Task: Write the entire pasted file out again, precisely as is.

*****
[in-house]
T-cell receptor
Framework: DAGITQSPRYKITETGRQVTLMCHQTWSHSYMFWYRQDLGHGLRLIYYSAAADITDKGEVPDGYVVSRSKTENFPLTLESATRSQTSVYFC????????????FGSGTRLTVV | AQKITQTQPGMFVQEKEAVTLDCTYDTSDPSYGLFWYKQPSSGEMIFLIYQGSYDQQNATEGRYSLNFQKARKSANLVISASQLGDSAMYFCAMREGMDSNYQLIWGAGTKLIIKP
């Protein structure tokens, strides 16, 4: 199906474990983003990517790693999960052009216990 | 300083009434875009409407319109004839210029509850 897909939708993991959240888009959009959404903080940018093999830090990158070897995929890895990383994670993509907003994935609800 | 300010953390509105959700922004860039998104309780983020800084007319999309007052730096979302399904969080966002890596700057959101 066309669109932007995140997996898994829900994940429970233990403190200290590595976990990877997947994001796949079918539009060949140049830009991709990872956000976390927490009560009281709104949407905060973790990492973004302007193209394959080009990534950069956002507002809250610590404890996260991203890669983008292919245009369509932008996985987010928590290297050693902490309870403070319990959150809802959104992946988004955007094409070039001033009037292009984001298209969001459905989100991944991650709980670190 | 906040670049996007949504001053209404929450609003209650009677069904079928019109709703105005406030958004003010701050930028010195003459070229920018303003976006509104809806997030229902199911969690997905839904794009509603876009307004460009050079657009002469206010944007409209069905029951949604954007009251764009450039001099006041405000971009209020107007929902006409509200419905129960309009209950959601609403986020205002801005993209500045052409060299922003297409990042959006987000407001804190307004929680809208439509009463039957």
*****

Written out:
[in-house]
T-cell receptor
Framework: DAGITQSPRYKITETGRQVTLMCHQTWSHSYMFWYRQDLGHGLRLIYYSAAADITDKGEVPDGYVVSRSKTENFPLTLESATRSQTSVYFC????????????FGSGTRLTVV | AQKITQTQPGMFVQEKEAVTLDCTYDTSDPSYGLFWYKQPSSGEMIFLIYQGSYDQQNATEGRYSLNFQKARKSANLVISASQLGDSAMYFCAMREGMDSNYQLIWGAGTKLIIKP
């Protein structure tokens, strides 16, 4: 199906474990983003990517790693999960052009216990 | 300083009434875009409407319109004839210029509850 897909939708993991959240888009959009959404903080940018093999830090990158070897995929890895990383994670993509907003994935609800 | 300010953390509105959700922004860039998104309780983020800084007319999309007052730096979302399904969080966002890596700057959101 066309669109932007995140997996898994829900994940429970233990403190200290590595976990990877997947994001796949079918539009060949140049830009991709990872956000976390927490009560009281709104949407905060973790990492973004302007193209394959080009990534950069956002507002809250610590404890996260991203890669983008292919245009369509932008996985987010928590290297050693902490309870403070319990959150809802959104992946988004955007094409070039001033009037292009984001298209969001459905989100991944991650709980670190 | 906040670049996007949504001053209404929450609003209650009677069904079928019109709703105005406030958004003010701050930028010195003459070229920018303003976006509104809806997030229902199911969690997905839904794009509603876009307004460009050079657009002469206010944007409209069905029951949604954007009251764009450039001099006041405000971009209020107007929902006409509200419905129960309009209950959601609403986020205002801005993209500045052409060299922003297409990042959006987000407001804190307004929680809208439509009463039957």